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Octreotide

  • Medical and Pharmacy Editor: John P. Cunha, DO, FACOEP
    John P. Cunha, DO, FACOEP

    John P. Cunha, DO, FACOEP

    John P. Cunha, DO, is a U.S. board-certified Emergency Medicine Physician. Dr. Cunha's educational background includes a BS in Biology from Rutgers, the State University of New Jersey, and a DO from the Kansas City University of Medicine and Biosciences in Kansas City, MO. He completed residency training in Emergency Medicine at Newark Beth Israel Medical Center in Newark, New Jersey.

Brand Name: Sandostatin, Sandostatin LAR

Generic Name: Octreotide

Drug Class: Antidiarrheals; Somatostatin Analogs

What Is Octreotide and How Does It Work?

Octreotide is used to treat severe watery diarrhea and sudden reddening of the face and neck caused by certain types of tumors (e.g., carcinoid tumors, vasoactive intestinal peptide tumors) that are found usually in the intestines and pancreas. The symptoms occur when these tumors make too much of certain natural substances (hormones). This medication works by blocking the production of these hormones. By decreasing watery diarrhea, octreotide helps to reduce the loss of body fluids and minerals.

Octreotide is also used to treat a certain condition (acromegaly) that occurs when the body makes too much of a certain natural substance called growth hormone. Treating acromegaly helps reduce the risk of serious problems such as diabetes and heart disease. Octreotide works by decreasing the amount of growth hormone to normal levels.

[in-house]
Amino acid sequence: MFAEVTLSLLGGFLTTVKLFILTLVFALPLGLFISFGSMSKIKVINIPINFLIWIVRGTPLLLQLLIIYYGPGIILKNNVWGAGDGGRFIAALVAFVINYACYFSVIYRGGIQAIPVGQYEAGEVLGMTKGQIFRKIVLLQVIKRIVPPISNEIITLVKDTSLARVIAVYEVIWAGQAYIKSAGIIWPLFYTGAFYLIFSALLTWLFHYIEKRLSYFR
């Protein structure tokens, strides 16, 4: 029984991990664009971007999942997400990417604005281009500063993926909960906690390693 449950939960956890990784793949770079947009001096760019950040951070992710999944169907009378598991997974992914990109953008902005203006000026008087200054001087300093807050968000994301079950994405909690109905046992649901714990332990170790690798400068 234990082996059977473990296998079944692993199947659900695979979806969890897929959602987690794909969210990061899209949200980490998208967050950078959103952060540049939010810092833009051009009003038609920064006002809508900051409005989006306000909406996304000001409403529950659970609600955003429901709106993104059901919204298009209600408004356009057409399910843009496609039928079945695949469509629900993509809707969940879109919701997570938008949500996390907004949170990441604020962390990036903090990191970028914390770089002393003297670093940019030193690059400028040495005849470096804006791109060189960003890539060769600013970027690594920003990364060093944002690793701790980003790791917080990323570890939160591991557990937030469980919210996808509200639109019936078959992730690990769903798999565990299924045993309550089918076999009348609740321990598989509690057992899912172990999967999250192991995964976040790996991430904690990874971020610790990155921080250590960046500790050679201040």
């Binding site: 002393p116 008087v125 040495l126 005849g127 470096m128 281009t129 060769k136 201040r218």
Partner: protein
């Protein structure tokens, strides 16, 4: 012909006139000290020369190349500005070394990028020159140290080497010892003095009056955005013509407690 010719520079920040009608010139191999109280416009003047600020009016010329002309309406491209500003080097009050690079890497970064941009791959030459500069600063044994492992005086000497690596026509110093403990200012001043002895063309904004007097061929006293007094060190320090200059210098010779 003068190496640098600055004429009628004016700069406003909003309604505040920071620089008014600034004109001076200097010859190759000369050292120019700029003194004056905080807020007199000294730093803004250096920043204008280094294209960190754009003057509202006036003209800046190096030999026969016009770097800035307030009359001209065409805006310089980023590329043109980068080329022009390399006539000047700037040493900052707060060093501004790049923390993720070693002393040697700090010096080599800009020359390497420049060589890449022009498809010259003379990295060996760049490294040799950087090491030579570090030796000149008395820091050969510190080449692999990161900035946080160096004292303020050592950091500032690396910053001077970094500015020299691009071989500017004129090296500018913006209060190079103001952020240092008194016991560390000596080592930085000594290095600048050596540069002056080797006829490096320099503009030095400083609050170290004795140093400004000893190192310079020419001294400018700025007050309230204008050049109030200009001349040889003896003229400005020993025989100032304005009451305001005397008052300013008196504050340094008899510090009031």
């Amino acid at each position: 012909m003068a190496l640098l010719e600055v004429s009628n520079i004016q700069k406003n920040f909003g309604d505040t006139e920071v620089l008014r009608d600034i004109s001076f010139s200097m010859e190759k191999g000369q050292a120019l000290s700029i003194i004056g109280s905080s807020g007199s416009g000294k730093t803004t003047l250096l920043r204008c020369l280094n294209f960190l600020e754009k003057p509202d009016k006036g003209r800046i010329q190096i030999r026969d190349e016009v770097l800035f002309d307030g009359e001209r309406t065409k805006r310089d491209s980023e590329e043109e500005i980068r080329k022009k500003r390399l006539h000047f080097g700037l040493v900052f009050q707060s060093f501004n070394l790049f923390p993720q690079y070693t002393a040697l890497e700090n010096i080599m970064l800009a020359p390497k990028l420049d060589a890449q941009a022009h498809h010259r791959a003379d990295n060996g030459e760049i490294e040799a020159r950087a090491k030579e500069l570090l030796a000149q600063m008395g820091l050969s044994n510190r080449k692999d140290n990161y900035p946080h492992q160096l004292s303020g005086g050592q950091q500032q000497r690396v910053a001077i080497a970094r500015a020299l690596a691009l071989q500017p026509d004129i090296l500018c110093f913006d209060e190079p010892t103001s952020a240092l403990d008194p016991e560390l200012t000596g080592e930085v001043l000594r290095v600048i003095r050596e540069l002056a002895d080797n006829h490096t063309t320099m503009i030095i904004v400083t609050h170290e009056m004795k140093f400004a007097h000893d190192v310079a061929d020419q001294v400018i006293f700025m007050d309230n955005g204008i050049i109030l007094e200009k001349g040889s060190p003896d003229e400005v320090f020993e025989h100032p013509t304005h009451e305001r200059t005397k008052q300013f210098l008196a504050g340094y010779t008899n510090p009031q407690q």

Octreotide is not a cure for these conditions. Octreotide is usually used with other treatment (e.g., surgery, radiation, other drugs).

Octreotide is available under the following different brand names: Sandostatin, and Sandostatin LAR.

Dosages of Octreotide

Dosage Forms and Strengths

Injectable solution

  • 0.05 mg/mL
  • 0.1 mg/mL
  • 0.2 mg/mL
  • 0.5 mg/mL
  • 1 mg/mL

Depot injection

  • 10 mg/kit
  • 20 mg/kit
  • 30 mg/kit

Dosage Considerations – Should be Given as Follows:

Acromegaly

Solution: 50 mcg subcutaneously (SC) every 8 hours initially (geriatric: every 8-12 hours); titrate up to 500 mcg SC every 8 hours if necessary; after successful treatment with solution for 2 weeks, initiate treatment with suspension (depot injection)

Suspension (depot injection): 20 mg intramuscularly (IM) (gluteal) every 4 weeks for 3 months; titrate up or down to 10-30 mg IM every 4 weeks, depending on response; not to exceed 40 mg, as follows

Symptoms controlled: If growth hormone (GH) less than 1 ng/mL and IGF-1 normal, decrease dose to 10 mg IM every 4 weeks; if GH less than 2.5 ng/mL and IGF-1 normal, maintain dose at 20 mg IM every 4 weeks